One Word at a Time ~ Adventure

It has been a few months since I last participated in the “One Word at a Time Blog Carnival” and it is nice to be back with these few words on Adventure.
It is interesting that this is the word that comes during the (celebration is not the right word) commemoration of Holy Week. Jesus has asked us to follow Him on His adventure as he heads towards the Cross to die, not for anything He did, but to die for what we have and will do. That’s right, Jesus died for you!
Holy Week in the Orthodox Church is an adventure. If one is to come to all of the services, that is an adventure in itself, one will follow Jesus as He takes His last steps. The services of Holy Week transform us into eyewitnesses and direct participants in the awesome events of the Passion and Resurrection of Jesus Christ.
We start the week on Sunday evening with the telling of the coming sufferings by Jesus to His closest friends, those friends by the way that will abandon Him when He needs them the most. We are told next to be ever watchful and prepared for we do not know the day or the hour that our end will come. We read the parable of the Ten Virgins as a reminder to always have oil for our lamps.
We are instructed to move from a life of sin to a life of true repentance as we witness the sinful woman washing Jesus feet with her tears and drying them with her hair. The middle of the week comes the Unction or healing service. All of us need to be healed both in body and soul and we are reminded of this during this service. We are reminded of relationships that need healing as well as the things that make us ill no matter what those things are. We cannot witness the Resurrection if we are ill so healing is important. The Church gives us the Sacrament of Anointing for this purpose. We are reminded that it is the life of prayer that mends the relationship with God and with others. We are also reconciled to God and one another so that they might receive the gift of the Holy Eucharist instituted by Christ at the Last Supper.
Thursday evening we follow Jesus through the Gospel as he takes is final step son the Via Dolorosa. The Cross on which will hang Him who spread out the clouds is carried in procession and with the lights dimmed the Corpus is hung on the cross. The sound of the pounding of the nails will ring through the Church as a reminded of our sins that pierce the flesh of our Savior as He willingly submits to His own death.
Friday we remove the Corpus and have the funeral service for Jesus, the service ends with a solemn procession around the Church and we sing the Lamentations as a reminder of all the He has done and will do for us His children.
Then comes the real start of the adventure, the Resurrection service. The night begins in complete darkness reminiscent of the world that is full of darkness as we, the faithful, await the resurrection. The lone light is brought forth from the Holy Place and each person takes the light back to his or her place. We are reminded that Christ brings the light into the world but it is up to us to carry that light as a witness of Him to all the corners of the world. The Church slowly comes to life as the light moves through, we read the Resurrection Gospel and sing, “Christ is Risen” for the first time and enter the Church that is no ablaze with light as Christ has Truly risen and is ever present in His Church and with His people.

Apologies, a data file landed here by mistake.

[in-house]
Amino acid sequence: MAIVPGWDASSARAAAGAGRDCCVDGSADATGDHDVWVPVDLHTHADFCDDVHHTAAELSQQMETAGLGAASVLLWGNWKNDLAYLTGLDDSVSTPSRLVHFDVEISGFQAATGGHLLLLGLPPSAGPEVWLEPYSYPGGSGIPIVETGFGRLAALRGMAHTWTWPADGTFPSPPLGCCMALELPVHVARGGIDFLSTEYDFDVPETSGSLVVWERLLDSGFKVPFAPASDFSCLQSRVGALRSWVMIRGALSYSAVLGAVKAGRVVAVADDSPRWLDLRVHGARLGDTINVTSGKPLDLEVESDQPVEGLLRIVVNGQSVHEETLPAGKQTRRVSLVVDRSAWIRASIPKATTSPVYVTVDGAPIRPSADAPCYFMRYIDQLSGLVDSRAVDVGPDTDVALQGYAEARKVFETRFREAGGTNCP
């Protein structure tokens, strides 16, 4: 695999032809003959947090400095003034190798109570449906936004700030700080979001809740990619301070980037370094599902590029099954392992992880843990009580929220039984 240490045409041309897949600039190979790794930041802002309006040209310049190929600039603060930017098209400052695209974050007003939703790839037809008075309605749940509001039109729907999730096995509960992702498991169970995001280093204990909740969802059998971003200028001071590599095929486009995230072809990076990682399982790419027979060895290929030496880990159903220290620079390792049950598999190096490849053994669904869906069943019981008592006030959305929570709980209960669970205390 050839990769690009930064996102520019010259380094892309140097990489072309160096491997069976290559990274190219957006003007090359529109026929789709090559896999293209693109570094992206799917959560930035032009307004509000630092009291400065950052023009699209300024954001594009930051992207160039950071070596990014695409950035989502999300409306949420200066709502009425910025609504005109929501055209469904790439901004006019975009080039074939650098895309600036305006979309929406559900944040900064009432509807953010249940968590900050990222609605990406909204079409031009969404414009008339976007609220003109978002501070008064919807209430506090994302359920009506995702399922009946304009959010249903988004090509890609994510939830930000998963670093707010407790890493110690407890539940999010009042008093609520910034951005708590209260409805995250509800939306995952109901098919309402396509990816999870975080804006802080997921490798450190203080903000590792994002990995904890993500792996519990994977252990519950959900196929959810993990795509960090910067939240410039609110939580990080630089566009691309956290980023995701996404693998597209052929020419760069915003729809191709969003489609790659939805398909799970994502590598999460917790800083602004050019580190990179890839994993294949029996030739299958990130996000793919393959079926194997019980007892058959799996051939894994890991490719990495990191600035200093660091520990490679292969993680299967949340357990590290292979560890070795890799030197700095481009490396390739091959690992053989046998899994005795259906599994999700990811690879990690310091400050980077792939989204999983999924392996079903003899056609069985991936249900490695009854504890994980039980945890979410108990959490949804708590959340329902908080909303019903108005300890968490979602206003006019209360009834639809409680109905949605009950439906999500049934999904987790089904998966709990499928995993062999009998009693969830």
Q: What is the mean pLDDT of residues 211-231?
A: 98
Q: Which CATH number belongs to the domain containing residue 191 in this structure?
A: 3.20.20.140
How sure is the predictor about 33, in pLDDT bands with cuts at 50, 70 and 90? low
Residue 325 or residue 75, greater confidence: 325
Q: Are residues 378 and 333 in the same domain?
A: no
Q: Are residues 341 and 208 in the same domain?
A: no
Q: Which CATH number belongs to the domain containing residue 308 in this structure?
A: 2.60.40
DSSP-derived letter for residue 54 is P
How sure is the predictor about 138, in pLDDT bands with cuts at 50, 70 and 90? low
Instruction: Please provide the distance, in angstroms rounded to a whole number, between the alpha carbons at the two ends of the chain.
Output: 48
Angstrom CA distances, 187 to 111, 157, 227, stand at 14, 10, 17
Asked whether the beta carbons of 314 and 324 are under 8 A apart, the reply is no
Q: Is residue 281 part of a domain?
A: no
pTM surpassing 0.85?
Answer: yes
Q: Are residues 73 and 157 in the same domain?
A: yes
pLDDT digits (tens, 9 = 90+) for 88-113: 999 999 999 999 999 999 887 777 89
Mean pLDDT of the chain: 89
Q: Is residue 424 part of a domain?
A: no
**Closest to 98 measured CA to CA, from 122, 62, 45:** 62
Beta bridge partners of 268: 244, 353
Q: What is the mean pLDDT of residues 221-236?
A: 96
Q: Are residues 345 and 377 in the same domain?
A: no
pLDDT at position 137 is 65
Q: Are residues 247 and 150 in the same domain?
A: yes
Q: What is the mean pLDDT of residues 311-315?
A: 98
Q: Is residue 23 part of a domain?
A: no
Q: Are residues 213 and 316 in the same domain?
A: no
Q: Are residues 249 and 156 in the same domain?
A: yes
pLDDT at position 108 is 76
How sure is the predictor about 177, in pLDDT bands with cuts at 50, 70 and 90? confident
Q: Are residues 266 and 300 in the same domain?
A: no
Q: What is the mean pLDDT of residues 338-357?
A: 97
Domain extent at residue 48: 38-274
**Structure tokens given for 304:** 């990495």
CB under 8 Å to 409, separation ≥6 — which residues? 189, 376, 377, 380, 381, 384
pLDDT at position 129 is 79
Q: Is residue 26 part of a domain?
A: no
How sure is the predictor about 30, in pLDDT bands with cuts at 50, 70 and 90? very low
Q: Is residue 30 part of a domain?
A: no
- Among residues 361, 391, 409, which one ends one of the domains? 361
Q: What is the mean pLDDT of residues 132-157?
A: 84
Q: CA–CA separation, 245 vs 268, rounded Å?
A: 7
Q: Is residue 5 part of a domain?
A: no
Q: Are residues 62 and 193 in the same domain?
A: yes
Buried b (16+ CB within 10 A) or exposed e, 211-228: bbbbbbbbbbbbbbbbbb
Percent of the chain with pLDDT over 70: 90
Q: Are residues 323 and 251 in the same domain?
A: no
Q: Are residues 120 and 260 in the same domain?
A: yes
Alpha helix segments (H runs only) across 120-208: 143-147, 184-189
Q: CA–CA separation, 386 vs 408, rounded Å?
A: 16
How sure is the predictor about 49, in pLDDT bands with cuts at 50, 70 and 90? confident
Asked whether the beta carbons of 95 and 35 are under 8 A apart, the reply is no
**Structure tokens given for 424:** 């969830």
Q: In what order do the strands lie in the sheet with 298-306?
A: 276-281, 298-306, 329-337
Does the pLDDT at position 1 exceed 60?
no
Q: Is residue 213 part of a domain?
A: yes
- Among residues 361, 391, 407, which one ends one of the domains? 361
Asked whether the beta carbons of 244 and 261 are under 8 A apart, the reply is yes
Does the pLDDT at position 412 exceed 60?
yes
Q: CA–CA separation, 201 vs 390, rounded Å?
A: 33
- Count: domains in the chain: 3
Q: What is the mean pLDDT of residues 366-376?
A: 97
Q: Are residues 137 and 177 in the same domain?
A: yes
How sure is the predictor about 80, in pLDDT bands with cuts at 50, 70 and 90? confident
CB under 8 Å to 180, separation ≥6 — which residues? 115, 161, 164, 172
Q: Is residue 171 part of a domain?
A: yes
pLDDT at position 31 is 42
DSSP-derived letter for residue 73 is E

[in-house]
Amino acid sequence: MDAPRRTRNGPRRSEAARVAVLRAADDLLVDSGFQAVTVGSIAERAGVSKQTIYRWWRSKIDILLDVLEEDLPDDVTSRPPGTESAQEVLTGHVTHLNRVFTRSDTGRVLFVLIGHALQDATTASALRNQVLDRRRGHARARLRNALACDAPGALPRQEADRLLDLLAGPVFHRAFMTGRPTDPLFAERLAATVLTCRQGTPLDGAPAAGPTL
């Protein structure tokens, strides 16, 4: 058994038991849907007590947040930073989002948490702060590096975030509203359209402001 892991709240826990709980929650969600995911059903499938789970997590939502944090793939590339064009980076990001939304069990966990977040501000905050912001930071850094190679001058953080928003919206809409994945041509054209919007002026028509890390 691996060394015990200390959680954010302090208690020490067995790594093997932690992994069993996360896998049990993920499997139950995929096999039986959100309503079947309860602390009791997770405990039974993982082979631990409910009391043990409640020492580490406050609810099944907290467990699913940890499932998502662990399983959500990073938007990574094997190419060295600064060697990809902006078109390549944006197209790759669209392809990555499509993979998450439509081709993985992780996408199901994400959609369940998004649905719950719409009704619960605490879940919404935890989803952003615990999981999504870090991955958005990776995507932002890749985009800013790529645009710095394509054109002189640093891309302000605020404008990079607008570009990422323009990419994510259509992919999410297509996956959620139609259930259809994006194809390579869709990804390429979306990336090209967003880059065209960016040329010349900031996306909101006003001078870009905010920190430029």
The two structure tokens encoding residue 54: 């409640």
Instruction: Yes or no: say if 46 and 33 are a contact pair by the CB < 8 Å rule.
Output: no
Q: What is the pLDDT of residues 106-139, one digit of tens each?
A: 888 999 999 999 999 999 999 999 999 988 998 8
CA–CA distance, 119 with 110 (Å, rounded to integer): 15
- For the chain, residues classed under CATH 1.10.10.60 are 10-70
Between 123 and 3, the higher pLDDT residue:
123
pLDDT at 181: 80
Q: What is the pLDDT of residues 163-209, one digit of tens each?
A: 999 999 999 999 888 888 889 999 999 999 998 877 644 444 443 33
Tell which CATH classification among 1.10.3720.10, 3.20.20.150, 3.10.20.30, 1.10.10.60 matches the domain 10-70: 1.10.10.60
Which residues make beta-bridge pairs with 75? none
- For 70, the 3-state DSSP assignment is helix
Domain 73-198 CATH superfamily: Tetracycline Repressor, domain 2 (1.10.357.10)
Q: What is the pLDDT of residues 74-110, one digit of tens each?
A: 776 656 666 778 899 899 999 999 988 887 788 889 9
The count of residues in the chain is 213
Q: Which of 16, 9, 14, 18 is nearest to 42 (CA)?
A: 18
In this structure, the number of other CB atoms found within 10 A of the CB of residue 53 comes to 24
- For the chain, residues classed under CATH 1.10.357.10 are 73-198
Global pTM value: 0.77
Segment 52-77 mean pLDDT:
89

The Adventure does not come to an end but only comes to a beginning. We begin a new year in Christ as we take Him from the Holy Place out into the world to show that Christ has indeed destroyed death by death and that we are all called to a life with him.
Come and enjoy this adventure with us and with Jesus!


  1. Thank you for sharing your traditions with us here. I enjoyed learning of them. As a Roman Catholic, the traditions I know and love are different, yet similar in that they draw me nearer to Him this time of year.

  2. We think about the fickle people who shouted Hosanna only a few days ago, and now their cry is crucify Him!! Even His friends forsook Him. Just a handful of women arrived to anoint and place spices on his body. But were astonished to find the stone rolled away and an Angel proclaiming 'He is Risen as He said." We must not criticize these friends of Jesus, too harshly, because we too often forget quickly. May we ever be reminded that Easter is a time of rejoicing and praise, for our Risen Lord is alive and He ever lives. Thank you for your reminder that He lives within each of us and we can carry Him out into our world.

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